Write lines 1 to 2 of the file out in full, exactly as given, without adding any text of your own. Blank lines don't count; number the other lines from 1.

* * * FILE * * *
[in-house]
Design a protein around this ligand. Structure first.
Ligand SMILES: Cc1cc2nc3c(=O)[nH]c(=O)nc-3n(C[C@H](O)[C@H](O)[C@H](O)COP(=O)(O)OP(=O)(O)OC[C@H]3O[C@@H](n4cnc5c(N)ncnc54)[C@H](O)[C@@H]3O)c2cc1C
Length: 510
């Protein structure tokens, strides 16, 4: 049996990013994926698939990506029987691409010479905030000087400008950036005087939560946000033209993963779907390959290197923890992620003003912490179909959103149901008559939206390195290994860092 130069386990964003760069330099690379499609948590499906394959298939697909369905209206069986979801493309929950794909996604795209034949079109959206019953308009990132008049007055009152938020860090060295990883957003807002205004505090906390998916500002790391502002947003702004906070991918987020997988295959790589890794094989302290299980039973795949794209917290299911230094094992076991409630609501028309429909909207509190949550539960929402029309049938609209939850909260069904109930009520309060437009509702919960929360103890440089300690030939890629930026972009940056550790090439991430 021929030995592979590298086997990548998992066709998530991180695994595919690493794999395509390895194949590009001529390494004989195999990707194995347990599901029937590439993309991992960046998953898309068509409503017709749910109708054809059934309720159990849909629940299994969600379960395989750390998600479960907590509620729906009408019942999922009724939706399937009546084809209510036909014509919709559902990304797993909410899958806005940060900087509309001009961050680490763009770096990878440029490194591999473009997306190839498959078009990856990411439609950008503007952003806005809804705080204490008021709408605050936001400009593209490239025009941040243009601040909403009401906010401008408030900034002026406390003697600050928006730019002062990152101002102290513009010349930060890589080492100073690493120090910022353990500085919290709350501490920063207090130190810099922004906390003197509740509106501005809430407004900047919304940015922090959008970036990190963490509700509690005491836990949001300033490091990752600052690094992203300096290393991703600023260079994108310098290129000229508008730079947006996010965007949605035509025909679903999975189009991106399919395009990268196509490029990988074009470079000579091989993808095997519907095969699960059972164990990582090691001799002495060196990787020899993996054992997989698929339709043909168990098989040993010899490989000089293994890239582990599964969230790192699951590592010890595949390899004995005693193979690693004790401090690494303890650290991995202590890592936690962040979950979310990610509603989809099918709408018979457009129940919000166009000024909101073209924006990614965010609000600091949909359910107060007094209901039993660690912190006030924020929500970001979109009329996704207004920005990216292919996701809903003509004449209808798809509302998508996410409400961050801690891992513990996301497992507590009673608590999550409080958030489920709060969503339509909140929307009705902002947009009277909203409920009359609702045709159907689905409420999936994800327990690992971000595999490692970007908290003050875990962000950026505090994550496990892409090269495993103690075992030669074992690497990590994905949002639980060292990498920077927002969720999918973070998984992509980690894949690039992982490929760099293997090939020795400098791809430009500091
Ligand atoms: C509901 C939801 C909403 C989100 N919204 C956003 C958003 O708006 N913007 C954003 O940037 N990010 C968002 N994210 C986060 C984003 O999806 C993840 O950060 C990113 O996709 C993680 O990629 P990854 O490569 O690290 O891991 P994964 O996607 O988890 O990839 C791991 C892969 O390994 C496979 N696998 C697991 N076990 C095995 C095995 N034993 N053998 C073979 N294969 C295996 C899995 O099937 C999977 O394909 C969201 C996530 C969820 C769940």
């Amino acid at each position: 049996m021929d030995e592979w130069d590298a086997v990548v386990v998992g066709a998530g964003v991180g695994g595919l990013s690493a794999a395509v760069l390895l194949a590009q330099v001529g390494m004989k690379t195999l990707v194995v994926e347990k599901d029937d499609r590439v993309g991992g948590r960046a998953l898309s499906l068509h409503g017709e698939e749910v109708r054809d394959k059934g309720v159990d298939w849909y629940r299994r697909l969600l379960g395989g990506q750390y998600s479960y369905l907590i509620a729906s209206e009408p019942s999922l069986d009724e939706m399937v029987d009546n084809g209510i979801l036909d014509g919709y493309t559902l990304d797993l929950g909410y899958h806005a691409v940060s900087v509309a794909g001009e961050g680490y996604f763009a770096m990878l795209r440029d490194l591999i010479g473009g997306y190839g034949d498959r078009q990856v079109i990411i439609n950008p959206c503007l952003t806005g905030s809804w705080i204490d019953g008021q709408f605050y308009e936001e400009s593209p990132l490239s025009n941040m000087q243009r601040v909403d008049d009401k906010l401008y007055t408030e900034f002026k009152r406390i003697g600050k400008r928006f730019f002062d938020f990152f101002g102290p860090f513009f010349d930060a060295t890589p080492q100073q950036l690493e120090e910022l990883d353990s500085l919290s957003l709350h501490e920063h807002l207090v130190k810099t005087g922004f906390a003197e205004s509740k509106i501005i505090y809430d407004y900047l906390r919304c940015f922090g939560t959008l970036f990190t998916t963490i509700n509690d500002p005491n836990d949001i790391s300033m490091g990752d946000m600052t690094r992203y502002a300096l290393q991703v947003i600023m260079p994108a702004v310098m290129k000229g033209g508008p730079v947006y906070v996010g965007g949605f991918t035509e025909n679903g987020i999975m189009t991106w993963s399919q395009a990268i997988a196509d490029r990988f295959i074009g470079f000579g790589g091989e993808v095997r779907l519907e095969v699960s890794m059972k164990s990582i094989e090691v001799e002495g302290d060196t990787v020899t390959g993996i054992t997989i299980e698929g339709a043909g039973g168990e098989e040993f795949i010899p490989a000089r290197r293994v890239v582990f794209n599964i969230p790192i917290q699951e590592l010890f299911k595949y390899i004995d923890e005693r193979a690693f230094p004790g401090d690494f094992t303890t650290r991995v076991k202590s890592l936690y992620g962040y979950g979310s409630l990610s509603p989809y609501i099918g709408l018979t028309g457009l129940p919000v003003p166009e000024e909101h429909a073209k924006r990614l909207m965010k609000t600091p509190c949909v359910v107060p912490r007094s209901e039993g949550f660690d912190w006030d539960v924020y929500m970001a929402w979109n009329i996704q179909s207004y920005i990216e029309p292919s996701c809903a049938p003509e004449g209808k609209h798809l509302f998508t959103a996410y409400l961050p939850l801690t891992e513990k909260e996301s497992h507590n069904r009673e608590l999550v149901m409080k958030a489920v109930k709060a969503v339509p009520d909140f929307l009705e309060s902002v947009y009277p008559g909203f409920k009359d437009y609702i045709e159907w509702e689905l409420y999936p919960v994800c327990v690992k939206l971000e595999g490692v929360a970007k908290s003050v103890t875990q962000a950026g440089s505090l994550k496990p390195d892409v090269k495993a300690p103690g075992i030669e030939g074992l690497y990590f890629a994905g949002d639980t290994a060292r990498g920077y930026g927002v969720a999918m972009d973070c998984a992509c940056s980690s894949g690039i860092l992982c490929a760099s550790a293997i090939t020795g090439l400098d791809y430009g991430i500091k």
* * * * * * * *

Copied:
[in-house]
Design a protein around this ligand. Structure first.